I was able to make all manner of fancy meals once I got comfortable with the Jetboil, which I came to love more than any “appliance” I have ever owned. Last year’s fajitas were a personal favorite, but there were also some pretty epic scrambles, stir-fries, and stews prepared on that little stove. So, when Logan suggested we go camping again this summer, I was thrilled at the thought of being reunited with the Jetboil.
In a cruel twist of fate, the Jetboil seems to have disappeared. I kept expecting to unearth it somewhere in my hoards while packing for our move last week, but it never materialized. Needless to say, I was pretty upset. Logan tried to comfort me with the fact that his brother gave him a new camp stove for Christmas, so “we don’t even need the Jetboil.” This did not make me feel better, and I am concerned about Logan’s lack of sentimentality regarding the Jetboil. I’m sure I will come to like the new camp stove, but it won’t be the same. You never forget your first.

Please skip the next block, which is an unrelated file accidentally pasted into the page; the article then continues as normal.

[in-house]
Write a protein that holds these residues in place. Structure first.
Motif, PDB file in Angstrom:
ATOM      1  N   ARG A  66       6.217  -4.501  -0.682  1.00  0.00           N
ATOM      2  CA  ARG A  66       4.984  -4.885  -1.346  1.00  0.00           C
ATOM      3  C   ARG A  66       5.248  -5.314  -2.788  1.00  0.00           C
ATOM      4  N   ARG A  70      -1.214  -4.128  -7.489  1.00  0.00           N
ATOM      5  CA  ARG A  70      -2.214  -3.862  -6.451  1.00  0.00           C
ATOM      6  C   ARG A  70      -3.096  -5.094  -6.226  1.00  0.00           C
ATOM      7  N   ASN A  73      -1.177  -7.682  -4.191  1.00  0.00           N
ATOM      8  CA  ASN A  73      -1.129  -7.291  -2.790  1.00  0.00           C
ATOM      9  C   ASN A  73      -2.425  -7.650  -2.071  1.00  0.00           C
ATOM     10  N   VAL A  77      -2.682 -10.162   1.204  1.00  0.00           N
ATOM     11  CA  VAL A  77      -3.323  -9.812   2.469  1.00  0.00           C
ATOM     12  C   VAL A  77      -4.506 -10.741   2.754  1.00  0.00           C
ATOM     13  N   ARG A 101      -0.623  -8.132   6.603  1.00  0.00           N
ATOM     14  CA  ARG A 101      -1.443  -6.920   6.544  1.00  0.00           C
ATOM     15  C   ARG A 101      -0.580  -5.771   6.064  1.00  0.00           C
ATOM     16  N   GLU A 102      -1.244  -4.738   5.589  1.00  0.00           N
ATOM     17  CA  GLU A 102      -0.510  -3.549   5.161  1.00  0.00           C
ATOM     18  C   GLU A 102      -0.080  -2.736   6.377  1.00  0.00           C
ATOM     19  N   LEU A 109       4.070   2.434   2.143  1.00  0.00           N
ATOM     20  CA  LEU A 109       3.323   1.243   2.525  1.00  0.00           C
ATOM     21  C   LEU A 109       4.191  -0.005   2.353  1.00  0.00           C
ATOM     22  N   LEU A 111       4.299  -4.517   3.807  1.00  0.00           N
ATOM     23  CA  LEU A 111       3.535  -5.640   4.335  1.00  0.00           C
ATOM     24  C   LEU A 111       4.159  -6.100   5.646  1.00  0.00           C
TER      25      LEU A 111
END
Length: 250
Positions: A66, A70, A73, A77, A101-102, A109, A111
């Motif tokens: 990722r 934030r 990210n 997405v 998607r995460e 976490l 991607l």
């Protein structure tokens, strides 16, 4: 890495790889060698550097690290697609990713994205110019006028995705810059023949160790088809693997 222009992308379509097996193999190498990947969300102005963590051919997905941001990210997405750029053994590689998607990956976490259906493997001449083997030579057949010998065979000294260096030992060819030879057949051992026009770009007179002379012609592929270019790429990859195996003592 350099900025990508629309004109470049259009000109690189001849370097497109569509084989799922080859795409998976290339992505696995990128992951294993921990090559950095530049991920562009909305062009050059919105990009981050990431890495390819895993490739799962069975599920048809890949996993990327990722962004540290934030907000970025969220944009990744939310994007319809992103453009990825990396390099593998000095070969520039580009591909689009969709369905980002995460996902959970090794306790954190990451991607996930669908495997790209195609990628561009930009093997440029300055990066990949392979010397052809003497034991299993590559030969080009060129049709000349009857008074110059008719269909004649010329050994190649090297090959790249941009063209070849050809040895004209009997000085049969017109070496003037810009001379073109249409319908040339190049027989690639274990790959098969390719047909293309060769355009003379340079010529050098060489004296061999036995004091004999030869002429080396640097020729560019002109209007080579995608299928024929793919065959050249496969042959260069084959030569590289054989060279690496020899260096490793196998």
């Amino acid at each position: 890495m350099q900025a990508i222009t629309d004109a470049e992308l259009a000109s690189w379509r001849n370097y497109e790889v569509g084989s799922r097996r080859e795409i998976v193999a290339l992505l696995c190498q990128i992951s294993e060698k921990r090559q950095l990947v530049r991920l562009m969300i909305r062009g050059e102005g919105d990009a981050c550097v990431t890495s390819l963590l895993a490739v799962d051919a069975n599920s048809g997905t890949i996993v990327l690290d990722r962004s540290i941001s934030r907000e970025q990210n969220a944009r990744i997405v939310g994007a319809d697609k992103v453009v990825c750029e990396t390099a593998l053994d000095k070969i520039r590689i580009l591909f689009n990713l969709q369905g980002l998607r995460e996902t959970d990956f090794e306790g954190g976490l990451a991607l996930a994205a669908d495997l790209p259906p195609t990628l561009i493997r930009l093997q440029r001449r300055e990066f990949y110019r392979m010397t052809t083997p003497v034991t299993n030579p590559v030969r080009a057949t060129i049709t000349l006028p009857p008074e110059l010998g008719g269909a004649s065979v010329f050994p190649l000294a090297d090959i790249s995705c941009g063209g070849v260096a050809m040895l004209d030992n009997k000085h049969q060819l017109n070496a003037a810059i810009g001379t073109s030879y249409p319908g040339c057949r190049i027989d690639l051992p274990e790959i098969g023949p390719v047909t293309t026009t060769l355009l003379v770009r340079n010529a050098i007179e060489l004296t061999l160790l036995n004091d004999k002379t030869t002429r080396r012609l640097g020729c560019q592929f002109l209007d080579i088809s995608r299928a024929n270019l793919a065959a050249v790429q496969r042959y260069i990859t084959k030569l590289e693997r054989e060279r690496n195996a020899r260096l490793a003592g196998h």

While I will have to become friendly with the new stove at some point, I have managed to come up with some fancy meals that don’t require a stove at all. I spent a lot of time brainstorming last week and tested a few recipes, but Campfire Chicken Packets with Zucchini, Corn, and Cherry Tomatoes were the clear winner.
These packets are filled with light and fresh ingredients that practically scream summer. Juicy cherry tomatoes, sweet corn, zucchini, and onions are an ideal base for tender chicken breast and salty sausage. Tossed with a garlicky lemon-olive oil dressing, these Campfire Chicken Packets are bursting with flavor, and because you are essentially steaming all of the ingredients, the chicken and vegetables are deliciously tender. Top each packet with a sprinkle of shredded Parmesan and fresh basil and you’ve got a seriously classy campfire creation on your hands.